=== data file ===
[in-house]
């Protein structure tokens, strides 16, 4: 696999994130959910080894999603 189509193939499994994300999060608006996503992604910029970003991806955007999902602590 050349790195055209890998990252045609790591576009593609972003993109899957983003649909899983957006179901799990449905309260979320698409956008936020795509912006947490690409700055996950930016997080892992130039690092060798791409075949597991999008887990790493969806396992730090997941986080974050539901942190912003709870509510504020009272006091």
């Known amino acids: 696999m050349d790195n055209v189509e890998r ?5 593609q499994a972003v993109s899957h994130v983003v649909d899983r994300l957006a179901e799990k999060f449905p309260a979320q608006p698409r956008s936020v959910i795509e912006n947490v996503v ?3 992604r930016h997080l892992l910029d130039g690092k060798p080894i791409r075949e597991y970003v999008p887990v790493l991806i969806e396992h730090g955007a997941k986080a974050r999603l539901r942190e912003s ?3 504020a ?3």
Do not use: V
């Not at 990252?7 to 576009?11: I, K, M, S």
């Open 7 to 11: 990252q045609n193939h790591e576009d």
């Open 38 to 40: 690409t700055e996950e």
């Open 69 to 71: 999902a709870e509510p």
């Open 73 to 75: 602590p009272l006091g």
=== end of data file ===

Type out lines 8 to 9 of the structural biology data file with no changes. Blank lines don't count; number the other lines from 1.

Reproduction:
């Open 69 to 71: 999902a709870e509510p």
């Open 73 to 75: 602590p009272l006091g």